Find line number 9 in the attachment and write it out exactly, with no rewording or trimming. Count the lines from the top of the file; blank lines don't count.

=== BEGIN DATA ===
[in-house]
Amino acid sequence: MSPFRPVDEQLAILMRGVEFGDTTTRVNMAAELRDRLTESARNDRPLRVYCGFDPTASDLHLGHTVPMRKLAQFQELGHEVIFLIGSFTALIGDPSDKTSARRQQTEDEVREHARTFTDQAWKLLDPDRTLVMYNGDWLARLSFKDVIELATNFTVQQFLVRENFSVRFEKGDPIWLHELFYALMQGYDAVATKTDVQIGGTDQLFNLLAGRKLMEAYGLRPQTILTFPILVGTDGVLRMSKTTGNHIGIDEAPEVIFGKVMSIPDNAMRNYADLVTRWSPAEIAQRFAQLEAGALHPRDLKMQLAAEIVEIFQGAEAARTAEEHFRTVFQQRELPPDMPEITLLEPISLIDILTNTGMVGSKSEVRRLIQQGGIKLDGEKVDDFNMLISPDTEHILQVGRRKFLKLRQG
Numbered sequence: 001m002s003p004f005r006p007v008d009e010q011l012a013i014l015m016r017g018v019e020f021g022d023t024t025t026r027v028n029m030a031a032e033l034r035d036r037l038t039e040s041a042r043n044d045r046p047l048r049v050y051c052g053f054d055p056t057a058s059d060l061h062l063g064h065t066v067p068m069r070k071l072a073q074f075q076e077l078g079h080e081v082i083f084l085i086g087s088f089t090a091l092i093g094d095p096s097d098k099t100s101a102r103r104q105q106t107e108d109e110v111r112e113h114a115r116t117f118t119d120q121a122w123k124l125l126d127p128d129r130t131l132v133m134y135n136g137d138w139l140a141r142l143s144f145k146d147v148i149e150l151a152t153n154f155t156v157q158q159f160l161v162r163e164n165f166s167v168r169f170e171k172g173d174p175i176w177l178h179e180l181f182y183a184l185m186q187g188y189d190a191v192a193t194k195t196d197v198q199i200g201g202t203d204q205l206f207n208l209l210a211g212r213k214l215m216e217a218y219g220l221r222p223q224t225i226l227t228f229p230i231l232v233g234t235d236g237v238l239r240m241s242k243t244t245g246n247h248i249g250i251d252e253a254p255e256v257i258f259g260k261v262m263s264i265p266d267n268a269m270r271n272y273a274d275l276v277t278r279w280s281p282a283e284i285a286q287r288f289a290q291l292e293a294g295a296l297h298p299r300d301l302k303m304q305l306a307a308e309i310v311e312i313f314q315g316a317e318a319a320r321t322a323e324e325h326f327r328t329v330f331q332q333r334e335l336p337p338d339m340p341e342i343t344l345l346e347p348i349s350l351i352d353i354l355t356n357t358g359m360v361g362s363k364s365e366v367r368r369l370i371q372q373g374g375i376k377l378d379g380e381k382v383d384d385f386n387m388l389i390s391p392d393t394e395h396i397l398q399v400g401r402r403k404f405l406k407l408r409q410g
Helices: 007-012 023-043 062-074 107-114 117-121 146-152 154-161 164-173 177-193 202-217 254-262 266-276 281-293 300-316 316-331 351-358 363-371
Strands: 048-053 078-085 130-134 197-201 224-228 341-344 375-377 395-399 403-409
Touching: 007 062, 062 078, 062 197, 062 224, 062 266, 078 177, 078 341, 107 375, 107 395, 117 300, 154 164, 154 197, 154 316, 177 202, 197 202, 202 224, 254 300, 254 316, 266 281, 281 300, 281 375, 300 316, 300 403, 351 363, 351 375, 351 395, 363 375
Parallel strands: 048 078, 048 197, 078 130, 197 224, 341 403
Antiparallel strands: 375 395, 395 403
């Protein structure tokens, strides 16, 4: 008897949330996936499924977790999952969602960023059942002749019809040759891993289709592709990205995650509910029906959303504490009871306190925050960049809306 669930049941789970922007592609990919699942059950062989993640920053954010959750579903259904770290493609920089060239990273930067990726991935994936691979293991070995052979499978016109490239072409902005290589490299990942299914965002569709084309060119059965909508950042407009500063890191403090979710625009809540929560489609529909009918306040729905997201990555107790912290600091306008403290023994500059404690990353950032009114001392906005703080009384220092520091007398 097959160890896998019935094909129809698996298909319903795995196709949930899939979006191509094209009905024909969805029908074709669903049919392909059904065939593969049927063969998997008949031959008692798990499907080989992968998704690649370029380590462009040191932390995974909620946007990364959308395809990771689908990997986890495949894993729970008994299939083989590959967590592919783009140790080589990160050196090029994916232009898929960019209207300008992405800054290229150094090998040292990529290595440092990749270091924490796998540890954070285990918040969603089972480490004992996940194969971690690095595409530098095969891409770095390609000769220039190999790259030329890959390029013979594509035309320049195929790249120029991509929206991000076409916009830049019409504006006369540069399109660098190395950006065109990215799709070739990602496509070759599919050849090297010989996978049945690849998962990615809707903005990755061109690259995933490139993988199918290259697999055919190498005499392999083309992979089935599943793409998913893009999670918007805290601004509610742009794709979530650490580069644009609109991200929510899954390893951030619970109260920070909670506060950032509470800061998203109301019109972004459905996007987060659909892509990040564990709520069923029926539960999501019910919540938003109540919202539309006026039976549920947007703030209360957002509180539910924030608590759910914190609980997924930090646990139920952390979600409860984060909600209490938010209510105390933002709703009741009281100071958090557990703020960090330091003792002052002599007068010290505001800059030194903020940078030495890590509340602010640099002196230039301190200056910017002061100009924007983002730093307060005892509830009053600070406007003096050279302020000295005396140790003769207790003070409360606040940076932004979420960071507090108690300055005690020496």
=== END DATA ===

């Protein structure tokens, strides 16, 4: 008897949330996936499924977790999952969602960023059942002749019809040759891993289709592709990205995650509910029906959303504490009871306190925050960049809306 669930049941789970922007592609990919699942059950062989993640920053954010959750579903259904770290493609920089060239990273930067990726991935994936691979293991070995052979499978016109490239072409902005290589490299990942299914965002569709084309060119059965909508950042407009500063890191403090979710625009809540929560489609529909009918306040729905997201990555107790912290600091306008403290023994500059404690990353950032009114001392906005703080009384220092520091007398 097959160890896998019935094909129809698996298909319903795995196709949930899939979006191509094209009905024909969805029908074709669903049919392909059904065939593969049927063969998997008949031959008692798990499907080989992968998704690649370029380590462009040191932390995974909620946007990364959308395809990771689908990997986890495949894993729970008994299939083989590959967590592919783009140790080589990160050196090029994916232009898929960019209207300008992405800054290229150094090998040292990529290595440092990749270091924490796998540890954070285990918040969603089972480490004992996940194969971690690095595409530098095969891409770095390609000769220039190999790259030329890959390029013979594509035309320049195929790249120029991509929206991000076409916009830049019409504006006369540069399109660098190395950006065109990215799709070739990602496509070759599919050849090297010989996978049945690849998962990615809707903005990755061109690259995933490139993988199918290259697999055919190498005499392999083309992979089935599943793409998913893009999670918007805290601004509610742009794709979530650490580069644009609109991200929510899954390893951030619970109260920070909670506060950032509470800061998203109301019109972004459905996007987060659909892509990040564990709520069923029926539960999501019910919540938003109540919202539309006026039976549920947007703030209360957002509180539910924030608590759910914190609980997924930090646990139920952390979600409860984060909600209490938010209510105390933002709703009741009281100071958090557990703020960090330091003792002052002599007068010290505001800059030194903020940078030495890590509340602010640099002196230039301190200056910017002061100009924007983002730093307060005892509830009053600070406007003096050279302020000295005396140790003769207790003070409360606040940076932004979420960071507090108690300055005690020496």